ByAbi Toll, writer at
Abi Toll

It was during Berlin Fantasy Film Festival 2013, that I watched the newest Ben Wheatley film A Field In England. The film stars and Julian Barratt as soldiers who desert the clamour of the English Civil War. Shortly after, however, they are duly seized by a tyrannical alchemist; played by a bewitching who forces them to search for treasure.

Though an independent film set during the 17th century English civil war, which may be slightly off putting to some, Wheatley manages to succinctly explain his enamorment with the period in an interview with the Quietus:

It just seemed like such an interesting period because it's the beginning of the Western world.

They'd got rid of a king and parliament's powers were increased and magic was turning into science.

It's a very messy period. But the amount of thought going on in the country at that point - everybody radicalized and marching and starving and not knowing what's going on - was fantastic.

With expectations already firmly established upon entering the auditorium, following the macabre Kill List, Sightseers and Down Terrace- lets just say that soon enough, they were completely obliterated.

What came next was 90 minutes of sublime black and white cinematography, decorous freeze-frames and a score which slipped into a gloriously tripped-out sonic montage; comfortably affirming 's position among contemporary auteurs: , and .

A Field in England freeze-frame

The film obviously pays tribute to some of Wheatley's hero's, not to mention is reminiscent of Kevin Borwnlow's 1975 film Winstanley; which is also set in the 17th century amidst social revolution. For me, the film is even Bergmanesque in style and furthermore, the hallucinogenic trip scene is reminiscent of Dali's famous dream sequence in Hitchcock's Spellbound. Regardless of these influences, it still manages to avoid derivation and instead uses these well-oiled surreal techniques in order to break new frontier's in 21st century arthouse film making.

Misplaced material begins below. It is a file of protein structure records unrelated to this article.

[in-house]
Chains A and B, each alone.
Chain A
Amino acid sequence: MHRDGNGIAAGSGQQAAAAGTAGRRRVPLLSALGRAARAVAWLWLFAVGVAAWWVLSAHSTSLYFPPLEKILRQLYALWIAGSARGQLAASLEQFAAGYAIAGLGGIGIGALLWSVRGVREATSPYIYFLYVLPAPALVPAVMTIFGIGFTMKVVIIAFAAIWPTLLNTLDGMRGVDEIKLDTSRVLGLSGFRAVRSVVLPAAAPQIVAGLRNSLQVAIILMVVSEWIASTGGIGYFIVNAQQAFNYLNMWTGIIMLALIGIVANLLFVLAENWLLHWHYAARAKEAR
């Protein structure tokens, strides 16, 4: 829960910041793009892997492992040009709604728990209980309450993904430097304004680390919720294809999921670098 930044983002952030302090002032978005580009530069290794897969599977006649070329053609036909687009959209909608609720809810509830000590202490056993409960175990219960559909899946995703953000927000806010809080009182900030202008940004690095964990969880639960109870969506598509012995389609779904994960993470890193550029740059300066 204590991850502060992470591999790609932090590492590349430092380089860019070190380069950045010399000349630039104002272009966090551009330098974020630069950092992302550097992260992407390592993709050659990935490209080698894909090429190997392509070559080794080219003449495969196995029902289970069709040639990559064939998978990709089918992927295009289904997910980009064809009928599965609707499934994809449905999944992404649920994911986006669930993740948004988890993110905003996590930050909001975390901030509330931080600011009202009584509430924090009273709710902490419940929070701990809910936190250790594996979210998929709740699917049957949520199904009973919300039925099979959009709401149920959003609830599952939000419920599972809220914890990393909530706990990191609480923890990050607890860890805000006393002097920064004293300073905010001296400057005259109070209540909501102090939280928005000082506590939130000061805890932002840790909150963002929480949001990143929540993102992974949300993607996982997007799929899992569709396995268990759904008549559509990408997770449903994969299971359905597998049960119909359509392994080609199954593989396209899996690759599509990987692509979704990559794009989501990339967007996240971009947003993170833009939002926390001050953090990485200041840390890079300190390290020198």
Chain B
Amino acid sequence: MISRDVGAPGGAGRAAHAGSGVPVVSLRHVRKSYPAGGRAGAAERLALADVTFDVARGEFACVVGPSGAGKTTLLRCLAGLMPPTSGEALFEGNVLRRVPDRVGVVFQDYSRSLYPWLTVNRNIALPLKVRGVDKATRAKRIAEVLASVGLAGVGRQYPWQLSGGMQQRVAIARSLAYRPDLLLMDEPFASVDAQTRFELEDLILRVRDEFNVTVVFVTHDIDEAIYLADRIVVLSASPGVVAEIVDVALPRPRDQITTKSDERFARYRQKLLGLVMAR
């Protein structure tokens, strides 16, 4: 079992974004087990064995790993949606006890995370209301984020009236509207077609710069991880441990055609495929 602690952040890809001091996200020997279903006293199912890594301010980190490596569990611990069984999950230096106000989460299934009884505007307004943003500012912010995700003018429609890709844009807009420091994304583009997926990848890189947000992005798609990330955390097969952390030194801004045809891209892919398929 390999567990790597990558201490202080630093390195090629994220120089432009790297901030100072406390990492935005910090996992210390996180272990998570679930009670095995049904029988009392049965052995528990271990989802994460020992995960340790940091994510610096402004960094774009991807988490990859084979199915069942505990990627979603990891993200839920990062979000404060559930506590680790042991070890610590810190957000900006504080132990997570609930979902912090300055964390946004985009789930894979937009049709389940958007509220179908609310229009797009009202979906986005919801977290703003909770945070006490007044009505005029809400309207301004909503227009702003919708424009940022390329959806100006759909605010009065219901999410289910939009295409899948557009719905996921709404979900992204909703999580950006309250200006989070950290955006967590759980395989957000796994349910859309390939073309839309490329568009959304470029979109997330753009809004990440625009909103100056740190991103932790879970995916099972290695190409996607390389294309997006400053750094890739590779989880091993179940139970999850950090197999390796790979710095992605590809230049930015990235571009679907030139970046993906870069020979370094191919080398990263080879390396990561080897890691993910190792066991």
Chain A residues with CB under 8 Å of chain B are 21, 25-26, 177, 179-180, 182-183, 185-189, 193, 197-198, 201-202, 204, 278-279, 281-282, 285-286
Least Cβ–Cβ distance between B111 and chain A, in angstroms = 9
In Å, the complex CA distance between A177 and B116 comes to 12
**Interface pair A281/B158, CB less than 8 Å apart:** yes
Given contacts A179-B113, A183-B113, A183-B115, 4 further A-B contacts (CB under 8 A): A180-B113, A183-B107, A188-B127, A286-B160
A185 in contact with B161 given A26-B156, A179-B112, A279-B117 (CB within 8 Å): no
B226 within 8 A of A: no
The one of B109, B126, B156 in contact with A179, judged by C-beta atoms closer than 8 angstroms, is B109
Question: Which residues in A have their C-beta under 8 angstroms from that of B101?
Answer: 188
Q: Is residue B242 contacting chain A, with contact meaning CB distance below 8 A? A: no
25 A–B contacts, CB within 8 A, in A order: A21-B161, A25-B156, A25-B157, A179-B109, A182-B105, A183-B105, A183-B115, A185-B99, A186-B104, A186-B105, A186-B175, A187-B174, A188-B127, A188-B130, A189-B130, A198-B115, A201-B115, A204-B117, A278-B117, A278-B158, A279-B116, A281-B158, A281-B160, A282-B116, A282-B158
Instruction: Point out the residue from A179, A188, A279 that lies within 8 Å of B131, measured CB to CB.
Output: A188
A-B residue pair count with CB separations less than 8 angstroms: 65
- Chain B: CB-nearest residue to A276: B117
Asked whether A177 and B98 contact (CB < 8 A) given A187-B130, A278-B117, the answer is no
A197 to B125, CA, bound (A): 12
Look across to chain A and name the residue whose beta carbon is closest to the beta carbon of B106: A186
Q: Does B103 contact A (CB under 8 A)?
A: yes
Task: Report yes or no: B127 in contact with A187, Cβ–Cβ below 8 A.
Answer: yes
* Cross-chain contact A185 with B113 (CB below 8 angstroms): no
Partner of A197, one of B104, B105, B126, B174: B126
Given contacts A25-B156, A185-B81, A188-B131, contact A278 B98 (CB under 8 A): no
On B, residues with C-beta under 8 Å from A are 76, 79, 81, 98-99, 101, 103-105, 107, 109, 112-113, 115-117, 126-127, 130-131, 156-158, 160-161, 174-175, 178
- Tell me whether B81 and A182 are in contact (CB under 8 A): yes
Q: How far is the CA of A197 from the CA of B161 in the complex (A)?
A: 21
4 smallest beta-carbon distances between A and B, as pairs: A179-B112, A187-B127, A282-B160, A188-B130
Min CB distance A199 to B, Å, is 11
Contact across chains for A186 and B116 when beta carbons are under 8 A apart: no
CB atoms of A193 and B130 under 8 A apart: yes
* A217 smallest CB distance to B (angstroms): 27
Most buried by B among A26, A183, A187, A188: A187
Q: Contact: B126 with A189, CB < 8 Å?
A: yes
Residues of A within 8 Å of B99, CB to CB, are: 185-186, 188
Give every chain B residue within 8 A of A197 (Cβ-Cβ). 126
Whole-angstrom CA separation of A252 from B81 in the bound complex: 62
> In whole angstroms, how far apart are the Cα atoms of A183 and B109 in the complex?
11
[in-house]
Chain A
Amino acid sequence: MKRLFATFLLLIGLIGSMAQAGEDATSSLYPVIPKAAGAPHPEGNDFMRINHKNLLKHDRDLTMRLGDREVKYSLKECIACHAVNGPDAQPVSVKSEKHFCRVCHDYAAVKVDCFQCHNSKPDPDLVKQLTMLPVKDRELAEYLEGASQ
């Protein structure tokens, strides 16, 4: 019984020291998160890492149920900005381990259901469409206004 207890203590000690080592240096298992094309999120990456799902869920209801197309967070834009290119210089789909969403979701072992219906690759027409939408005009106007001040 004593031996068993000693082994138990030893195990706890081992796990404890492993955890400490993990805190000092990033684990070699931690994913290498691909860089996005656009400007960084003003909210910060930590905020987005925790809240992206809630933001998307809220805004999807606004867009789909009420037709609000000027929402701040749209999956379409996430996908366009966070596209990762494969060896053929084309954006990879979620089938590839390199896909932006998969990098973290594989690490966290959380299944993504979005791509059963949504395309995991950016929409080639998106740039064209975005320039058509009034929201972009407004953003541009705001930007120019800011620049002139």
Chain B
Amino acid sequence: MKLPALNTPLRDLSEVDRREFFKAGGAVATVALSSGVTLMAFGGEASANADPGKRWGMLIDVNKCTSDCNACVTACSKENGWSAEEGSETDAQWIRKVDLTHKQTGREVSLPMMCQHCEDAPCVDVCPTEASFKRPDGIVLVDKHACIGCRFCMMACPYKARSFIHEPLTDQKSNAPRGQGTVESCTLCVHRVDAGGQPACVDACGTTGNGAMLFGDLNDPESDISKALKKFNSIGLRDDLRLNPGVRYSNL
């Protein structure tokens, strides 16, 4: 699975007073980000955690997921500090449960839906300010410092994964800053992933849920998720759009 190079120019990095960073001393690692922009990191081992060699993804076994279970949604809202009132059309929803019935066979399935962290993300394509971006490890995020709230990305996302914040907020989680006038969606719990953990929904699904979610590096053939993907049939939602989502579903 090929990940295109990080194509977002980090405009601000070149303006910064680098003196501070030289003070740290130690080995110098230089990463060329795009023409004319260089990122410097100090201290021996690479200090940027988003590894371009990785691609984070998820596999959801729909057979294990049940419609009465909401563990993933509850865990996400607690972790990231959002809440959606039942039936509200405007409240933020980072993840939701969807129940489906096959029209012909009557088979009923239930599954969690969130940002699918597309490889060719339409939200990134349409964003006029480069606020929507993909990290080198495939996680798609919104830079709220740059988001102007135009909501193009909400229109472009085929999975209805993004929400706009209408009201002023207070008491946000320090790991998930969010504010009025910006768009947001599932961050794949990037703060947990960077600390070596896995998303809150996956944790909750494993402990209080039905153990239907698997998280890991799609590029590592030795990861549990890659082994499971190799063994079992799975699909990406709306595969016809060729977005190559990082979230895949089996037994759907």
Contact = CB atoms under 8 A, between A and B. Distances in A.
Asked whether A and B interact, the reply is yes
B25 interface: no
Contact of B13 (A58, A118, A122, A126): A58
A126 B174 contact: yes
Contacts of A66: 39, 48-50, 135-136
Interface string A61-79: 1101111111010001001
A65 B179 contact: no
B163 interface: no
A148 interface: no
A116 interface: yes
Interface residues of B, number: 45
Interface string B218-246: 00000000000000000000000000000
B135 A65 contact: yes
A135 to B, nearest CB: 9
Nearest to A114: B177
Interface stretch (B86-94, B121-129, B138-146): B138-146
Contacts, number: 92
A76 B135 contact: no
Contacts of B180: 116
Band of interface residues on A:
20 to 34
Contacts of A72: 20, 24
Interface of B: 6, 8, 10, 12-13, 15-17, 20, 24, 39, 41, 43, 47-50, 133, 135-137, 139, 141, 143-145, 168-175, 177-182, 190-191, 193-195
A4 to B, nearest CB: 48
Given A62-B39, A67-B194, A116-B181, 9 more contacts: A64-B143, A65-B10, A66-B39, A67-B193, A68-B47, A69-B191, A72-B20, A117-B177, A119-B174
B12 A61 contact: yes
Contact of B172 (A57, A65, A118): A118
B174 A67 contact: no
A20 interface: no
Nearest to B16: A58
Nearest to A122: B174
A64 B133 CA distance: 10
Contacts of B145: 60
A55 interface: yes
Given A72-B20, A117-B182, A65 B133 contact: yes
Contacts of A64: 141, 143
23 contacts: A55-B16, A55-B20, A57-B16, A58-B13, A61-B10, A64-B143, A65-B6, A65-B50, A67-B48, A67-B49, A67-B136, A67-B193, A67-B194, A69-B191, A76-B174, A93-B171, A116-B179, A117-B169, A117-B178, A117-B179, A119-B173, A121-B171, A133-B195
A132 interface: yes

Even on a more stylistic level, the overall aesthetic is incredibly pleasing to me, where detail has been painstakingly applied to every facet of it's development. From the purity of the script which abides by the 17th century version of the dictionary, to the costumes which were modeled on revolutionary pamphlets. The re-enactments even draw on old 17th century faery tales, otherworldly portals and other superstitions which circulated at the time. How this all fed into the entire aesthetic really reaches its apex during the hallucination scene (below):


To me, this film is so exciting, predominantly because of its evocation of pastoral England matched with a visionary score and transformative visual effects. The film- which is entirely set in a field, as per the title- has a pervasive sense of bucolic nostalgia. Be it for love or hate, A Field In England sees Wheatley join a canon of artists and writers who have historically taken inspiration from the sublimity of the English countryside, from the celebrated poet William Blake to the pioneering artworks of J.M.W Turner. Viewing A Field In England is a powerful sensory experience. You can almost feel the squelching mud beneath your boots, the sharp meadow grass scratching at your ankles and oh yes, the euphoric sense of discombobulation which all coalesce in a brilliant and immersive way; somehow providing an overwhelming sense of home.

Source: The Quietus



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